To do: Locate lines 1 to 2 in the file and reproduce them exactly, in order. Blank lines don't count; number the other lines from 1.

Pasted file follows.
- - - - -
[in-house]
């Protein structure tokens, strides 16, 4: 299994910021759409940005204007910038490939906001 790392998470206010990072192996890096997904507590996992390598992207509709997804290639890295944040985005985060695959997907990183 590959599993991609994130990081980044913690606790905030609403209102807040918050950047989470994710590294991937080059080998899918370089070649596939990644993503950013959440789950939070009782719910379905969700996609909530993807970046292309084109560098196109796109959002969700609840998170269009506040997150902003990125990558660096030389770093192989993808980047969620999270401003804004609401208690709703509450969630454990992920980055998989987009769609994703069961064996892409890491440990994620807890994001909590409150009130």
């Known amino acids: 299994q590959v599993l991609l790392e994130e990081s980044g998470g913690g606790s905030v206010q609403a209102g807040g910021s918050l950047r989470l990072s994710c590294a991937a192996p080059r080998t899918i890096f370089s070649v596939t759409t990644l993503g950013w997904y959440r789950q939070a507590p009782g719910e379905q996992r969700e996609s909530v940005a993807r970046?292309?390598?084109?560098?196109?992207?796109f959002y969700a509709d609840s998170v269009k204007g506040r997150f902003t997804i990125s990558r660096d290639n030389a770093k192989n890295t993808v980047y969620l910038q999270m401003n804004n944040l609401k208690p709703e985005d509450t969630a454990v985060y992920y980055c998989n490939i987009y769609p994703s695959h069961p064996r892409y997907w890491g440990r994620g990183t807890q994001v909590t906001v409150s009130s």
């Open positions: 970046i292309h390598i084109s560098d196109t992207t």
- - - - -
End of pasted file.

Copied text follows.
[in-house]
């Protein structure tokens, strides 16, 4: 299994910021759409940005204007910038490939906001 790392998470206010990072192996890096997904507590996992390598992207509709997804290639890295944040985005985060695959997907990183 590959599993991609994130990081980044913690606790905030609403209102807040918050950047989470994710590294991937080059080998899918370089070649596939990644993503950013959440789950939070009782719910379905969700996609909530993807970046292309084109560098196109796109959002969700609840998170269009506040997150902003990125990558660096030389770093192989993808980047969620999270401003804004609401208690709703509450969630454990992920980055998989987009769609994703069961064996892409890491440990994620807890994001909590409150009130």